to Grow Terrific Tomatoes:
plants are found growing in over
90% of gardens or containers.
Nothing compares to the taste
of a warm tomato picked from the
vine, eaten before you even get
to the house with it. It is fabulous
to go out and pick baskets of
tomatoes for your own use, or
to give away to family and friends.
are easy to grow: You
need a spot where there will be
at least 6 hours of direct sun.
There are many different varieties
out there to choose from, and
you might be wondering about why
they are different, and which
one to pick from. Tomatoes are
classed as either determinate
which means they produce one large
crop of tomatoes, or indeterminate
which means the vines continue
to grow all season, producing
tomatoes up until frost. If you
are planning on canning or freezing
you probably want a determinate
variety so you will have a big
harvest at one time. Heirloom
tomato varieties are becoming
popular again, they usually have
a wonderful flavor, but are not
resistant to diseases. Hybrid
tomatoes have been bred to be
disease resistant, crack resistant,
and to produce tomatoes under
a wide variety of weather conditions.
the soil for your tomato patch
well. Turn it over, and add some
Back to Nature compost, and some
gypsum. Gypsum is very important
to prevent blossom end rot in
tomatoes. Mix in some Bradfield
organic fertilizer, which is more
of a soil conditioner than a fertilizer.
It will improve the flavor of
your tomatoes because it is putting
back trace elements long lost
from the soil.
the variety to plant: It
is always best to plant more than
one variety. Tomatoes set fruit
at different night time temperatures.
Some set at 60 degrees, some at
65degrees, and on and on. A variety
of types will also give you a
steady supply of different flavors,
and if you should get a disease
on one type you may not on the
other, so you are protecting your
crop with more varieties. The
tags on tomato plants will tell
you how many days to harvest.
You can also use that 'day to
harvest' as a way to judge the
size of tomato you will be growing.
The more days - the larger the
tomato plants 5 to 6 feet apart.
That seems like a lot, but they
will grow large, and they need
good air circulation. Grouping
them actually decreases the yield
you get. Plant around the 1st
of May. Tomato plants can not
handle cold nights. Too many cold
nights can stunt them to a point
of dying or very little fruit
setting on them. Plant tomato
plants deeper than what they are
gowing in their pots. Remove the
lower leaves and plant them up
to 1/2 of the tomato plant. All
of the stem that you have buried
will turn to root and you will
have a much stronger tomato plant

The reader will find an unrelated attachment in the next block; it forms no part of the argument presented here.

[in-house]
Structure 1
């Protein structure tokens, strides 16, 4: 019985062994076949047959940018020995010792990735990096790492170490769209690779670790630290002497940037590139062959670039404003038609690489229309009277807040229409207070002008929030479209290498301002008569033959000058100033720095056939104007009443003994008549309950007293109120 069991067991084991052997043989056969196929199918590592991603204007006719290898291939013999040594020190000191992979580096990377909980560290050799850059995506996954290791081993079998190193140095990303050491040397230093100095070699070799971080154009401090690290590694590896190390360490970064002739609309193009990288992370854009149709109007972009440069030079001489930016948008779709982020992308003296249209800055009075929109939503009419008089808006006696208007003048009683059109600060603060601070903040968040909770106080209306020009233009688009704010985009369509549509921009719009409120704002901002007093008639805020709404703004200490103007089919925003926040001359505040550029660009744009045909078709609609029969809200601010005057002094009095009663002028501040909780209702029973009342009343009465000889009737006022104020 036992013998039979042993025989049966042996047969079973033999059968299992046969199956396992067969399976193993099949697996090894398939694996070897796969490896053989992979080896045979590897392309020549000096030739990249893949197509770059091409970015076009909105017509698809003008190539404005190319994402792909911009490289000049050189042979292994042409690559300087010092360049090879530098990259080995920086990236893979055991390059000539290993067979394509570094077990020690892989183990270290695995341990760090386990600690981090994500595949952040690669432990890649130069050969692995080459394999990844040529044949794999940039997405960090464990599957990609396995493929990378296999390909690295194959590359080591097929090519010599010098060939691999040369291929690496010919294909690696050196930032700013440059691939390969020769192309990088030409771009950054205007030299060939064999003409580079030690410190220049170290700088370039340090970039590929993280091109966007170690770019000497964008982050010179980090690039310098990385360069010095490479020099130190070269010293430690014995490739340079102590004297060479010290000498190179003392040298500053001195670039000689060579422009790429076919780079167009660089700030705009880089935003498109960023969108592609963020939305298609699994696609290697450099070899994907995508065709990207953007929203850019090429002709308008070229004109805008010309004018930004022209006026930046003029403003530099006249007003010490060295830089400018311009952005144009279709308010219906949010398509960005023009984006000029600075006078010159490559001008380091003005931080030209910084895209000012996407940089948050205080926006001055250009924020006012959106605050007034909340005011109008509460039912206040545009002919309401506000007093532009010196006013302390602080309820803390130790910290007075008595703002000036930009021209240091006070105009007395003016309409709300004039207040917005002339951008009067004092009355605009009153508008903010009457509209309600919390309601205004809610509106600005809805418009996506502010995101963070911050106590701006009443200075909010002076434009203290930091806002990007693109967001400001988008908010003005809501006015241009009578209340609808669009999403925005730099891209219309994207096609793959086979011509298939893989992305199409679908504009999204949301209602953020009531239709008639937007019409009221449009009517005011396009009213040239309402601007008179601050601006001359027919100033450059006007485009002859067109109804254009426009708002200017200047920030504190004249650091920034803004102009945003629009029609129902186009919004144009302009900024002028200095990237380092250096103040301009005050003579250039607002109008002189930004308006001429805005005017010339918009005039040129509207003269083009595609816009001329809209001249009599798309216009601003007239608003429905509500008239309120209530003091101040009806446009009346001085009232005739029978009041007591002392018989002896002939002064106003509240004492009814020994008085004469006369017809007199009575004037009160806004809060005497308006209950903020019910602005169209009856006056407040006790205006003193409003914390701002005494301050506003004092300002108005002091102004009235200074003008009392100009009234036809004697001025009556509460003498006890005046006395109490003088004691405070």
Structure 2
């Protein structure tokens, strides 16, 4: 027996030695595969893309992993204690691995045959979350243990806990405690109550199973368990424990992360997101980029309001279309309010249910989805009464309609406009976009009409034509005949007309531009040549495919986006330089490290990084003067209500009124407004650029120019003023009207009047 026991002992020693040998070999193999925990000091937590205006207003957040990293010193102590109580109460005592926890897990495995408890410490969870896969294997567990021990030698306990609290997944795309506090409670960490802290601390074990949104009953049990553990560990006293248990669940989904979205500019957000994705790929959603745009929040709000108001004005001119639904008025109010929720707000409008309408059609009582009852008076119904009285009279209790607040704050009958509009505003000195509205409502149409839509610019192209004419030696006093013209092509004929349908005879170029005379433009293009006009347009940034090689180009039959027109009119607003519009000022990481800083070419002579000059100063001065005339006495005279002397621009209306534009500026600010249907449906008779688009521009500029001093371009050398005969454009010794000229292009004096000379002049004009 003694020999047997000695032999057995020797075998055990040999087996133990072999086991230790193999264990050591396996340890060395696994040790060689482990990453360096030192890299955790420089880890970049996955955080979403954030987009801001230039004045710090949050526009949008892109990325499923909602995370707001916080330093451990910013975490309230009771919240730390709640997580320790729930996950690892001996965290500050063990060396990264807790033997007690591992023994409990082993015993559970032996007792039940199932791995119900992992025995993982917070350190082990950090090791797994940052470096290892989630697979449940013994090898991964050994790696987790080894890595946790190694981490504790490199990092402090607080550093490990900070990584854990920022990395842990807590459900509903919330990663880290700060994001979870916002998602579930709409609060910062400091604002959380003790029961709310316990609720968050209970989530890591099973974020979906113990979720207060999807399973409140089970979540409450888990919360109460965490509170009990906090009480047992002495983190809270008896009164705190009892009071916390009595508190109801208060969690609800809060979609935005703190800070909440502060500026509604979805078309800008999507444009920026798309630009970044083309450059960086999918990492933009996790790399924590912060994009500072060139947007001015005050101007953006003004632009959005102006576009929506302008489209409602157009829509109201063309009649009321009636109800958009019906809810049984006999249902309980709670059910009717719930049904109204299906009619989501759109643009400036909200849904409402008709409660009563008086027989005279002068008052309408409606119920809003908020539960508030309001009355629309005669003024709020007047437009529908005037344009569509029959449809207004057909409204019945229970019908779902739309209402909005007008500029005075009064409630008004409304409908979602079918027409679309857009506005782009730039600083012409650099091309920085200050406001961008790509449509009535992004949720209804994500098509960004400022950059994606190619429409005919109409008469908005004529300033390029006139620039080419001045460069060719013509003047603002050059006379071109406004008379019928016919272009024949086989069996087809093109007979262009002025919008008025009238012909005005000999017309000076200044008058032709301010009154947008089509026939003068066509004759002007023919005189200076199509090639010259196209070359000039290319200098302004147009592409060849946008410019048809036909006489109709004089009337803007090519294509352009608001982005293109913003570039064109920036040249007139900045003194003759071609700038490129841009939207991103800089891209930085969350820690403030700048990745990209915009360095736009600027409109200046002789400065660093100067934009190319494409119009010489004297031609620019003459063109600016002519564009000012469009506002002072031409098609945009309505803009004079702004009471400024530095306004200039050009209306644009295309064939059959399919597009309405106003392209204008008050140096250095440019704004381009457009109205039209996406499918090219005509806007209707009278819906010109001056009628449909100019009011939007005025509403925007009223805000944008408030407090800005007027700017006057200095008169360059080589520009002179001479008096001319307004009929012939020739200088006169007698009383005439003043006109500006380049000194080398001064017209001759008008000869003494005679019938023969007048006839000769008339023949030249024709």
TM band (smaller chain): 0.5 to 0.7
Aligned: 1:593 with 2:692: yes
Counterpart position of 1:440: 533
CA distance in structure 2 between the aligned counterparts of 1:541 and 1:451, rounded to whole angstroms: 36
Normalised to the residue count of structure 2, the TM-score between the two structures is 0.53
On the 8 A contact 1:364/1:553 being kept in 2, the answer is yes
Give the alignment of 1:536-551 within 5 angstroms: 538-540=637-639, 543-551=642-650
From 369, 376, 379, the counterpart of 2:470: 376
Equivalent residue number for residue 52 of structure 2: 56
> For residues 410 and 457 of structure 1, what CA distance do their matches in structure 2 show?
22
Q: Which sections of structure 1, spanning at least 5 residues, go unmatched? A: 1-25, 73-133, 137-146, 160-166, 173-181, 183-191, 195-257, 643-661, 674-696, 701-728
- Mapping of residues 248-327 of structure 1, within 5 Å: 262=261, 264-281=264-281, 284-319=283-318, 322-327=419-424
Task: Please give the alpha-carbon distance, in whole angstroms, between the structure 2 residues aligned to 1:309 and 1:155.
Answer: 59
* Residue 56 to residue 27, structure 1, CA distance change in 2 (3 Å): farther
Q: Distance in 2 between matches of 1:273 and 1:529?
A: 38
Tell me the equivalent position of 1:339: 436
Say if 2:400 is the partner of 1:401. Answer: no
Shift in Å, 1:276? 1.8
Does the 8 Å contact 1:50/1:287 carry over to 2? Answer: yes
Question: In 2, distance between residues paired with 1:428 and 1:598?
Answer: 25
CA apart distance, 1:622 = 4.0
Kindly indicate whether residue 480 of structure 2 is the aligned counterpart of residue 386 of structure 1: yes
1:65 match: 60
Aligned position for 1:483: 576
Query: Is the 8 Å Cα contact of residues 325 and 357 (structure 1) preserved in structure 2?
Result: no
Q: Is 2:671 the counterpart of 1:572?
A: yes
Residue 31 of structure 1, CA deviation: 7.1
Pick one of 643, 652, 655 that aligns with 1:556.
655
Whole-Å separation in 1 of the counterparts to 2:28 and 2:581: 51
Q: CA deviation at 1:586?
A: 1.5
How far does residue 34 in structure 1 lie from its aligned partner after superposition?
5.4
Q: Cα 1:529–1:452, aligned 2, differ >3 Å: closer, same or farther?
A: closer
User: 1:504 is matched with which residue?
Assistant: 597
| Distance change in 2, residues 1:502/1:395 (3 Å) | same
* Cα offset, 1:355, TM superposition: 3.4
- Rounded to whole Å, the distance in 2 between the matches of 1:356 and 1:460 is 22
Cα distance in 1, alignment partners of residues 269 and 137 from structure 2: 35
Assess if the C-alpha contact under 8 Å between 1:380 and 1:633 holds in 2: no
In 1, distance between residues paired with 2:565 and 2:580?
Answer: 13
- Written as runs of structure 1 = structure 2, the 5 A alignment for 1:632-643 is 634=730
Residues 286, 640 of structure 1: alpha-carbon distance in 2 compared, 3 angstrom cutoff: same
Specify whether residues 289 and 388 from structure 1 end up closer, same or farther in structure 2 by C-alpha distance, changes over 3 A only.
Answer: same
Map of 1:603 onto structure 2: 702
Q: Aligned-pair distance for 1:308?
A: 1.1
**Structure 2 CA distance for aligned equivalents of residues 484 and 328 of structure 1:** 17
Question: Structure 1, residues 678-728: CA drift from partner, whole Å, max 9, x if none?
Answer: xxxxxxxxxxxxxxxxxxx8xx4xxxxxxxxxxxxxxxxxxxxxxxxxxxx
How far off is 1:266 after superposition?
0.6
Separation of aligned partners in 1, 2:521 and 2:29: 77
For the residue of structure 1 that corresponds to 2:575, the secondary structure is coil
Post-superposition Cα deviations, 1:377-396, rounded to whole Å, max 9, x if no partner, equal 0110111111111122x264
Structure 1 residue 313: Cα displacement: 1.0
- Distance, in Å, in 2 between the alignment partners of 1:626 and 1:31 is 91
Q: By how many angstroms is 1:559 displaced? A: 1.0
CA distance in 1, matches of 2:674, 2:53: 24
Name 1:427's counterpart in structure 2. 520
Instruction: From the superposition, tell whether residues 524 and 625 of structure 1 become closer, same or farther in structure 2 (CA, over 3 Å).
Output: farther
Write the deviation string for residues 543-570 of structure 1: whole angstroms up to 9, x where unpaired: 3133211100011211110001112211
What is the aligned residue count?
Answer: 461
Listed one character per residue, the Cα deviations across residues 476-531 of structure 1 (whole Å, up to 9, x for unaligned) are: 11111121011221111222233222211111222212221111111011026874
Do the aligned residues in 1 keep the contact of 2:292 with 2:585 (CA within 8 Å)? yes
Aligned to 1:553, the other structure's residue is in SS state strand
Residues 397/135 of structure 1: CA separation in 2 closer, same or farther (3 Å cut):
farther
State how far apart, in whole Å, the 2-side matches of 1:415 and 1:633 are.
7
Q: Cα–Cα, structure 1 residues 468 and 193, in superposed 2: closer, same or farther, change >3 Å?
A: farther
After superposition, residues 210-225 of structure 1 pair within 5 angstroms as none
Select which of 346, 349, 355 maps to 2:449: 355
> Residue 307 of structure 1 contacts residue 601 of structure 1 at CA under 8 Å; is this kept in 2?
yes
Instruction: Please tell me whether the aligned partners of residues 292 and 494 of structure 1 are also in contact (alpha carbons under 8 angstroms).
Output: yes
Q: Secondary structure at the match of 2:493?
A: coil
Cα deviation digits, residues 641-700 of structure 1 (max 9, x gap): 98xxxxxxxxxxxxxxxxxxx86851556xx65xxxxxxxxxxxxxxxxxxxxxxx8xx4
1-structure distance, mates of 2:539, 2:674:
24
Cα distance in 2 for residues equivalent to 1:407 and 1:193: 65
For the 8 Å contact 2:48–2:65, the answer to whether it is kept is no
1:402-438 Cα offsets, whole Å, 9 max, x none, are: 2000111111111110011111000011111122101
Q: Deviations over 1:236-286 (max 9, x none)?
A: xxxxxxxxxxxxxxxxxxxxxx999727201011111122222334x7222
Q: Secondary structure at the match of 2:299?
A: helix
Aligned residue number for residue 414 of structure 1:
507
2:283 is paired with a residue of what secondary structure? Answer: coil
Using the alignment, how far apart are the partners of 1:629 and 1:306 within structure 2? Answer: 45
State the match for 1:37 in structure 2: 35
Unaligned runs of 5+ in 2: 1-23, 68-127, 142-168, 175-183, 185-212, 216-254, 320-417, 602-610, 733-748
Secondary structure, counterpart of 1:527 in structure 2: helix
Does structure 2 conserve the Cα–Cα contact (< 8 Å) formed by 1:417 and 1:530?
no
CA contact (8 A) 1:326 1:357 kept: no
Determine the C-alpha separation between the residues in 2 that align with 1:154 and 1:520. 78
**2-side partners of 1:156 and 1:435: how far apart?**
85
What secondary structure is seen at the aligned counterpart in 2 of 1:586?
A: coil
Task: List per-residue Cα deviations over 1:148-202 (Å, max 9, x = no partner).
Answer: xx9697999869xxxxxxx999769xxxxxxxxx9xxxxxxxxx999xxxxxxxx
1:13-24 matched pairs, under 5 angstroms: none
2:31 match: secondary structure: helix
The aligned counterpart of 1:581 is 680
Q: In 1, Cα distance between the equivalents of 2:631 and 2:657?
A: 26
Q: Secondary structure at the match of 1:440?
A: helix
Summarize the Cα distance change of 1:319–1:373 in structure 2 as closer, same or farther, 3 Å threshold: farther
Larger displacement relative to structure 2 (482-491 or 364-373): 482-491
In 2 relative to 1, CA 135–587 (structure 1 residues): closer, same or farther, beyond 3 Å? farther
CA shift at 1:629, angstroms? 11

giving you more tomatoes. Use
1 teaspoon of Osmocote Time release
fertilizer in the bottom of the
hole, and you will not need to
fertilize for 3 months.
require consistent moisture
to produce an abundant crop, of
uncracked, unblemished fruit.
After tomatoes have been growing
about 3 weeks, put mulch around
the tomatoes to conserve moisture,
and keep weeds down. Water
only with a soaker hose.
NEVER WATER OVERHEAD. . .tomatoes
don't like a lot of water on their
leaves as it could lead to fungus
diseases developing and spreading.
A good deep soaking should last
from 5 to 7 days. There is no
need to water daily, unless you
are growing them in containers.
tomatoes in containers: Yes,
they can be grown in containers,
but the containers have to be
large enough. You need a really
BIG container, a 10 gallon pot
or more would be good. You will
need to fertilize and water more
often. During hot windy days it
will be every day.
pests: If you go out
and find a really large worm with
a big horn on it's head - that
is the dreaded Tomato Hornworm.
They can eat your foliage faster
than you can imagine. To check
for them (and they do blend in
really well), look for black droppings
on the leaves. The worm won't
be far away. Pick them off and
destroy them. Sometimes aphids
are a problem, but not often.
Caging, or Flopping: The
big debate. . . but because of
my fear of snakes, all my tomatoes
are staked or caged, and sometimes
a combination of both. Make sure
you get a heavy duty cage or stake.
Tomato plants grow large and heavy.
You really don't want to deal
with a cheap, thin wire tomato
cage collapsing which is loaded
with fruit. Save money somewhere
else - not on your tomato supports.
carry over 90 varieties of tomatoes.
Here is just a sampling. . .
- Indet. VFN, good flavored
large 18ozfruit. Tolerant of
- Indet. VFN, smooth, excellent
flavor 16oz fruit.
- Det. VF1 & 2NT, large
Indet. VF, long time favorite
of high yields. Tasty fruits.
- Det. VF1 & VF2, heavy
yields, good tasting. Vigorous
plants. Past type.
- Indet. VNF, lemon yellow fruit.
- Indet. VF, long time favorite,
heavy yields of great tasting
- large clusters bearing up
to 100 tomatoes on a cluster
Don't crowd tomato plants. They
get quite large, and need some
good air circulation to get a
bountiful crop. Crowding actually
reduces the number of tomatoes
that will set on.
more than one variety. They set
on at different night time temperatures,
so a mix is better.
some basil plants near tomatoes,
it will improve their flavor.